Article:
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“The price gap will close,”…which is the whole point of carbon taxes

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The climate science skeptics are turning into climate policy skeptics with each new climate policy announced. The basic argument is that the policy will be ineffective at reducing emissions and so is a waste of effort and money. There is a particular focus on the ineffectiveness of carbon taxes to reduce emissions (here),

At the same time, the mill’s managers have thumbed their noses at the global warming theme, replacing natural gas as a supplementary energy source with dirtier, but cheaper, coal…. It’s opposite from the behaviour that Mr. Campbell’s new carbon tax is supposed to produce.

While many policy skeptics decry that carbon taxes do not work, they are ignoring some simple policy truths. First, not all taxes are designed to create an incentive function, where changing behaviour is the objective of the policy. The Quebec carbon tax is a clear case of a tax designed for fiscal reasons, to raise money for other purposes, and in this case for investments in low emitting technologies.

Second, transition costs can be expensive and inefficient. Page one of that first year environmental economics textbook says that the tax should be phased in time to minimize dislocations and transition costs. One wants to go slow to get the cheap reductions first and then work up in time to the more expensive reductions. In cap and trade the same principle holds, where the initial cap is set low and ratcheted down in time.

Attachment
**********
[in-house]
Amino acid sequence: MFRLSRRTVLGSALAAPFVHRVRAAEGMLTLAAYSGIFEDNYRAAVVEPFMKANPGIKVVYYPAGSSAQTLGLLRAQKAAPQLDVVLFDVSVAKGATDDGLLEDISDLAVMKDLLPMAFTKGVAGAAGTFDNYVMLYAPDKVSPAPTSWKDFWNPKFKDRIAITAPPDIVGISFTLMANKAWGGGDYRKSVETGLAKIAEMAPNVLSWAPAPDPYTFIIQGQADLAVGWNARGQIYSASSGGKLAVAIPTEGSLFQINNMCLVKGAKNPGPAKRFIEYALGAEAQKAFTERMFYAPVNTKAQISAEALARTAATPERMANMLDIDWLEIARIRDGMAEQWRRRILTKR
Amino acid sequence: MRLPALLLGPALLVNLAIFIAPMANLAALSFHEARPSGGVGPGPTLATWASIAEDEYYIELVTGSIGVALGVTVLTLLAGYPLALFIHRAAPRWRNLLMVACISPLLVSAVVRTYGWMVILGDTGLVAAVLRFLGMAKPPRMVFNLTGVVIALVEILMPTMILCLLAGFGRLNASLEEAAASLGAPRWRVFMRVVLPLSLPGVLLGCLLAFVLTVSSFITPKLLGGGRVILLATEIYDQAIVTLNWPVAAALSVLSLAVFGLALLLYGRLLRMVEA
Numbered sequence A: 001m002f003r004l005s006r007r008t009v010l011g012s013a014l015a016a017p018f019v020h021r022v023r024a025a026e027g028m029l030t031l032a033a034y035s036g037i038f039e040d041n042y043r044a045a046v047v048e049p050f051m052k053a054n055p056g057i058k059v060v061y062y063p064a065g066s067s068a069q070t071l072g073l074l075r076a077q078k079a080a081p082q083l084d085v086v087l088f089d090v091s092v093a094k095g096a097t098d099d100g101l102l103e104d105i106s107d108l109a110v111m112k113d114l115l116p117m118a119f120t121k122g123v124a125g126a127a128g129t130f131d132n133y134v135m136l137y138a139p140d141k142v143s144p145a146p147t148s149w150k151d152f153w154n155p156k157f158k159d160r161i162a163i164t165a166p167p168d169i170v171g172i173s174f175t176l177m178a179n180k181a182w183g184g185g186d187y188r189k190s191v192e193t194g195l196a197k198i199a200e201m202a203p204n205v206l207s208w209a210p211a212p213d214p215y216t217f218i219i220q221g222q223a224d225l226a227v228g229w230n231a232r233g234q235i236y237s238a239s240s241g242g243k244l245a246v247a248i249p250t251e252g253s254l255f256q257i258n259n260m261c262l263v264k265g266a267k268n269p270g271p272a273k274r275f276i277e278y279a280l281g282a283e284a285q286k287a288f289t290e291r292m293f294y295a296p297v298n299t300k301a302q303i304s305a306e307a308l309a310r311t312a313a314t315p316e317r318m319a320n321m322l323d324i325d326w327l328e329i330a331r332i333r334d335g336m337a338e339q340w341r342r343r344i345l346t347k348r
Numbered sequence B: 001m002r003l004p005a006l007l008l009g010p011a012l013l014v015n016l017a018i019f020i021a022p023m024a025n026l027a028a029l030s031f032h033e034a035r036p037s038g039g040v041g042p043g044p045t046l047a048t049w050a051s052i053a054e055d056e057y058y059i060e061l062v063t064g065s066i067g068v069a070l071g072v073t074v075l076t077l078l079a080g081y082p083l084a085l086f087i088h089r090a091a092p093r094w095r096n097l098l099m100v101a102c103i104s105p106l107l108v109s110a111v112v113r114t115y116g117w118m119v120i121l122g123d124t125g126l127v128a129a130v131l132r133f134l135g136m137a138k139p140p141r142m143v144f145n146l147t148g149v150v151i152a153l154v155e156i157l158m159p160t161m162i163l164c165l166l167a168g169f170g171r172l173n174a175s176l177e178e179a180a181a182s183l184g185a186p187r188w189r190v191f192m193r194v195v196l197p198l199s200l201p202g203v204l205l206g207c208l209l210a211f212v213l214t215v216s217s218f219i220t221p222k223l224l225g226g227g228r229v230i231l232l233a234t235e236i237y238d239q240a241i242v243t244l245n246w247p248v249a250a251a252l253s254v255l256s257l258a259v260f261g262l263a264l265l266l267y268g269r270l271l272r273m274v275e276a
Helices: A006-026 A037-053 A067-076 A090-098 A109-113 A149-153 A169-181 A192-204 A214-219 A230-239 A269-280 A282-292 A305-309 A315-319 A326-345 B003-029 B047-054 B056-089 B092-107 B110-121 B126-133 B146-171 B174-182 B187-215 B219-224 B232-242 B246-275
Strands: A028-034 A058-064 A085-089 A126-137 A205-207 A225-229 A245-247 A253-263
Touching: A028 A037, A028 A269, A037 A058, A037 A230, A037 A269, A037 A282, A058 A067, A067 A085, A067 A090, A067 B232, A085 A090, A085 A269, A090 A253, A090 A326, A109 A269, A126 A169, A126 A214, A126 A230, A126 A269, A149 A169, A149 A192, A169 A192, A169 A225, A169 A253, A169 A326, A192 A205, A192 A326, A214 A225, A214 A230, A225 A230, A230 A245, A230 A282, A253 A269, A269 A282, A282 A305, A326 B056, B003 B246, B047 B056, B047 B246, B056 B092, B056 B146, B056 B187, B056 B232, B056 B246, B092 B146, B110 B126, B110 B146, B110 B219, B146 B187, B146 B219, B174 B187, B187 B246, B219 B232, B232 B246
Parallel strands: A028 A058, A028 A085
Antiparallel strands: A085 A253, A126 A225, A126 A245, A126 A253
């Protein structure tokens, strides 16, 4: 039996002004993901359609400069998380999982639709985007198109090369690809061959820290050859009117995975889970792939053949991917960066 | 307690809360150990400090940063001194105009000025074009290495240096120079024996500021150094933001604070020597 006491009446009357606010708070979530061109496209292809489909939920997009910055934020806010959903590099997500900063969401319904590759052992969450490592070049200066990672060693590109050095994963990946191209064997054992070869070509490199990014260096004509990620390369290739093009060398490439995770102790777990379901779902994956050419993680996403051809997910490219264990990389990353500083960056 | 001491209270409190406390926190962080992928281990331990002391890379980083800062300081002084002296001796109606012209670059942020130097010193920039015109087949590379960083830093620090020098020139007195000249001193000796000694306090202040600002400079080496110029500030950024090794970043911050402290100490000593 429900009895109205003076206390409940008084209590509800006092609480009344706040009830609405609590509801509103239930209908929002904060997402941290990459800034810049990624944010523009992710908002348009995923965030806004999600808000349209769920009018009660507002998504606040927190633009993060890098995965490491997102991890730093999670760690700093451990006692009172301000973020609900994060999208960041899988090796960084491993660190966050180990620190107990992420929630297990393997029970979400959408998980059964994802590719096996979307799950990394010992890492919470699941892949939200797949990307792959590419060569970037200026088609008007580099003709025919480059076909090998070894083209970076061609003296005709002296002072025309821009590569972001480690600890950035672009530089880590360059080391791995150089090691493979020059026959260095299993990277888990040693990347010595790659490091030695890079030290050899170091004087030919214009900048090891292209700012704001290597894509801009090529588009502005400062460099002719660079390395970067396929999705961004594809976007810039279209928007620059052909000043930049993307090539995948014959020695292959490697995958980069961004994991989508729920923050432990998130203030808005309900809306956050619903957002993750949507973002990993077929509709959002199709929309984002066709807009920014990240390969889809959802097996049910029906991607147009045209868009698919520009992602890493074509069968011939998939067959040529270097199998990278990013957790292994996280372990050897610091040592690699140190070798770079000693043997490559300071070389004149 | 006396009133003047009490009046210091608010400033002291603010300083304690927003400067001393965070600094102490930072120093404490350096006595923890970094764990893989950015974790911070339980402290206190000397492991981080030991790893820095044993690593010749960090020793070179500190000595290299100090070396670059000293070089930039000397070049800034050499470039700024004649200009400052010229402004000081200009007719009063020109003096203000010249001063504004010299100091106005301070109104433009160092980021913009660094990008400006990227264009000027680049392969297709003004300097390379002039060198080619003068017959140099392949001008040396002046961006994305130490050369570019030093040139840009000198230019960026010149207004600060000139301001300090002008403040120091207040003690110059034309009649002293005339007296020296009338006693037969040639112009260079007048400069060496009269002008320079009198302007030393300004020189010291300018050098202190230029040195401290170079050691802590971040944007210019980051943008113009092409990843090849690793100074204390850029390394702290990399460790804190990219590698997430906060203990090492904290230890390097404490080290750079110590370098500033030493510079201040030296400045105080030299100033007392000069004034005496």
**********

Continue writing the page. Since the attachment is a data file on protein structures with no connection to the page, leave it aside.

So the quote in the above mentioned Globe article is a good one,

“The price gap will close,” the official said.

It may be cost-minimizing for that pulp mill to burn coal for the next five years given the level of the tax, but in time this will change. And that, my friends is why policy certainty matters – you know those folks burning coal are looking to the future and trying to figure out when that lump of coal ends up in their stocking. Expectations matter and good climate policy makes clear that the price gap will close. It is just a matter of when, and not if.

Written by Dave Sawyer

March 7th, 2008 at 1:58 pm

Posted in carbon tax

Tagged with , ,

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  1. .

    ñïàñèáî!…

    julius

    27 Jul 14 at 9:15 am

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